Federal health officials hope to vaccinate the public against COVID-19 with speed and equity. File Photo by Debbie Hill/UPI | License Photo
Feb. 24 (UPI) -- As efforts to administer the COVID-19 vaccines to the public continue, the focus remains on distributing the shots with speed and equity, national health officials said Wednesday.
The issue of vaccine equity has been the focus of the National Forum on COVID-19 Vaccine, a virtual meeting of doctors, nurses, public health specialists and others hosted by the U.S. Centers for Disease Control and Prevention.
Although more than 65 million doses of the Pfizer-BioNTech and Moderna vaccines were administered nationally through Tuesday, based on CDC estimates, reports arose of race-based disparities in those who have received the shot.
Nearly two-thirds of those given the first dose of either of the two-dose vaccines were White, while 9% were Hispanic and 6% were Black, according to data from the Kaiser Family Foundation.
This occurred even though Black and Hispanic people are three times as likely to require hospital treatment following COVID-19 infection and twice as likely to die from the disease, the CDC said.
"We don't need to make a choice between vaccinating with velocity and equity," Dr. Nirav D. Shah, director of the Maine CDC, said during a call with reporters on Wednesday.
Improving equity in access to and administration of the COVID-19 vaccines requires "instilling confidence not only in the vaccines themselves, but in the vaccination process, as well," he said.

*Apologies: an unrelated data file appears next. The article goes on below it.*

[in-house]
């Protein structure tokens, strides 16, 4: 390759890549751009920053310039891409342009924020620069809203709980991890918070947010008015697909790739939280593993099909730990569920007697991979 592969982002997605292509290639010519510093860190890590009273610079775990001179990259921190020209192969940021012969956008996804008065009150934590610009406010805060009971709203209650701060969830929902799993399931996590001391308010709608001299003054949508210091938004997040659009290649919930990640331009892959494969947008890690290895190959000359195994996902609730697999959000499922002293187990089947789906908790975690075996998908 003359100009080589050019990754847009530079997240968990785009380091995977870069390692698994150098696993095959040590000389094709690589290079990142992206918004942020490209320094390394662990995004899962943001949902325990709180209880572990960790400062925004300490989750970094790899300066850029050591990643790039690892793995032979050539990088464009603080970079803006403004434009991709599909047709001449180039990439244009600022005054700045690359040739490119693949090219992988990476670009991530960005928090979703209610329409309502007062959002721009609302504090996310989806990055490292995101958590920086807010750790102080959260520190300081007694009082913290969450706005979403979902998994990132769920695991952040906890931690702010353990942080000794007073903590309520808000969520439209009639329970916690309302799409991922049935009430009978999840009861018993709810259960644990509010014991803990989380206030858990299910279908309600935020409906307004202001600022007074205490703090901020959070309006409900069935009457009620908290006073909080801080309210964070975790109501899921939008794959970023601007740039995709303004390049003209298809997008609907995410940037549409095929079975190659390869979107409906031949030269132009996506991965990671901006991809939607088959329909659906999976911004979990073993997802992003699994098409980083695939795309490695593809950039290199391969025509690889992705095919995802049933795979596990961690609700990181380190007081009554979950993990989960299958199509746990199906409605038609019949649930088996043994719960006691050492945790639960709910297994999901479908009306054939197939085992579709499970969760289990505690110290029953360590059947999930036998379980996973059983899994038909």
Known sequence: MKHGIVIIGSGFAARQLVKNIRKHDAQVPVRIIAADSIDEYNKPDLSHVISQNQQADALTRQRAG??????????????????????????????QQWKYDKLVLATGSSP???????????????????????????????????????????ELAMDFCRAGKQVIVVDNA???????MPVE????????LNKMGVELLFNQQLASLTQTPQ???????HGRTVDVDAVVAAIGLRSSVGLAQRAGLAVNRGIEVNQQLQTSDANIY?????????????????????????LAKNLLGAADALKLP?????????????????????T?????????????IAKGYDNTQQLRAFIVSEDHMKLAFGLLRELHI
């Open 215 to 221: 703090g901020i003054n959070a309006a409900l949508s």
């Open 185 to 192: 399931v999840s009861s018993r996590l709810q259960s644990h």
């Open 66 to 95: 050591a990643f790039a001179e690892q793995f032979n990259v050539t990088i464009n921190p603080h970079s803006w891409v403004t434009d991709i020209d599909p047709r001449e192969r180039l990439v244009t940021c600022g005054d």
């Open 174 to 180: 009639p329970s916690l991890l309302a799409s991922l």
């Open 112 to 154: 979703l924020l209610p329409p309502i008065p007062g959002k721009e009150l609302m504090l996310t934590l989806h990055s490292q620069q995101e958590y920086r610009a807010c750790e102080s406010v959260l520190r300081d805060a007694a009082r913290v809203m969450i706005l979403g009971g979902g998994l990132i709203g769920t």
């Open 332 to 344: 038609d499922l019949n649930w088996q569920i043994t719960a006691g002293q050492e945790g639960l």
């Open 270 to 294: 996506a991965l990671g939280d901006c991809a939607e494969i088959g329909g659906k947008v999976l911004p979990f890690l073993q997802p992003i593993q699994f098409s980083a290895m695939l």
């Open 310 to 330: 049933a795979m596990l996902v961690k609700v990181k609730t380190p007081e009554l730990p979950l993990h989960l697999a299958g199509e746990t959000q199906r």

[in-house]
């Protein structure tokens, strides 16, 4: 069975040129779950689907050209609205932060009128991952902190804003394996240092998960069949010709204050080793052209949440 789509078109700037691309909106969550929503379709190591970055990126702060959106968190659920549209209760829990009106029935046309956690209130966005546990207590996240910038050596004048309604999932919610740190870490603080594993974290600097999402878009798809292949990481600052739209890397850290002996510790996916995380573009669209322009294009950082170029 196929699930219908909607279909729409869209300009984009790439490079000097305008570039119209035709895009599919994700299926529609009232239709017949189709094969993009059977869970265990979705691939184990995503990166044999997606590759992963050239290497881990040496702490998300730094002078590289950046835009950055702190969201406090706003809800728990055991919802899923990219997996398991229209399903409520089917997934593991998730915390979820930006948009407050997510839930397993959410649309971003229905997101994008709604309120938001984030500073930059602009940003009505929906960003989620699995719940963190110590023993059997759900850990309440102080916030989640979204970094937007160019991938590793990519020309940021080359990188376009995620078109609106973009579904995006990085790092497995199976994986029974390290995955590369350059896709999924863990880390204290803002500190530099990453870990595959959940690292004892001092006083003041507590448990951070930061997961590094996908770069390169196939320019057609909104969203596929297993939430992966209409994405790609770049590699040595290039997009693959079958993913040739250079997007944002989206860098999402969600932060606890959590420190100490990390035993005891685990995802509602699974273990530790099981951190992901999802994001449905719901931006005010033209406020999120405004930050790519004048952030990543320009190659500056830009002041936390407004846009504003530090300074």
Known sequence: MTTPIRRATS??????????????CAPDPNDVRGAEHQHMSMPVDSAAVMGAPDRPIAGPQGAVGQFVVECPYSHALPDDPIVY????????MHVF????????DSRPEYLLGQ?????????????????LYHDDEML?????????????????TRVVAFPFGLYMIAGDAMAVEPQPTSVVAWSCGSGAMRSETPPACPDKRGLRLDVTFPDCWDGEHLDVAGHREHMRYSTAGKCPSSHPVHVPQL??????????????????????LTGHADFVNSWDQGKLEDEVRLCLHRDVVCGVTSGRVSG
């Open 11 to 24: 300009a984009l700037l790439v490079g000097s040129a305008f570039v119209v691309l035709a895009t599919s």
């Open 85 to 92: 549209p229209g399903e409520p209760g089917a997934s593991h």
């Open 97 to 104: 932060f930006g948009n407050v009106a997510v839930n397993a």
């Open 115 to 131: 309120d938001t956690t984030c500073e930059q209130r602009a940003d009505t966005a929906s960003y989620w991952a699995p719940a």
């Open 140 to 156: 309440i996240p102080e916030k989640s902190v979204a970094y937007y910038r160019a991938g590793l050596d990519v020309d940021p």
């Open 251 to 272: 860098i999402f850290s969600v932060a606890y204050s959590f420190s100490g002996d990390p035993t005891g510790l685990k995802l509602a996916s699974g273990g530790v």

During the National Forum on COVID-19 Vaccine this week, public health officials from across the country discussed ways to make getting vaccinated as convenient as possible, officials said.
This includes efforts to distribute more vaccine supplies to community health clinics and rural cooperative extension nationally as well as making public transportation vouchers available so that those living in poverty can travel to get their shots, they said.
That a one-dose COVID-19 vaccine, from Johnson & Johnson, may soon be available should assist in these efforts. Earlier in the day Wednesday, the U.S. Food and Drug Administration announced that the one-dose shot, which offers 67% protection against the virus, met minimum requirements for an emergency use authorization.
That authorization could come as soon as Friday, according to officials.
With three vaccines available, it should be possible for the United States to "out-vaccinate the variants," or provide much of the general public with immunity before new, more contagious strains of the virus from Britain and South Africa spread, Shah said.
Through Tuesday, nearly 1,900 cases of the U.K., or B.1.1.7, variant had been reported in the United States, according to the CDC.
In late January, the agency predicted that the variant could become the "predominant" one nationally by the end of March.
"We're acutely aware that we have the capacity, the mission and the responsibility to deliver as many vaccinations as we can," Dr. Jay Butler, the CDC's deputy director for infectious diseases, said Wednesday.
"Despite falling case numbers, deaths and hospitalizations, we can't take our foot off the pedal in terms of vaccine administration," he said.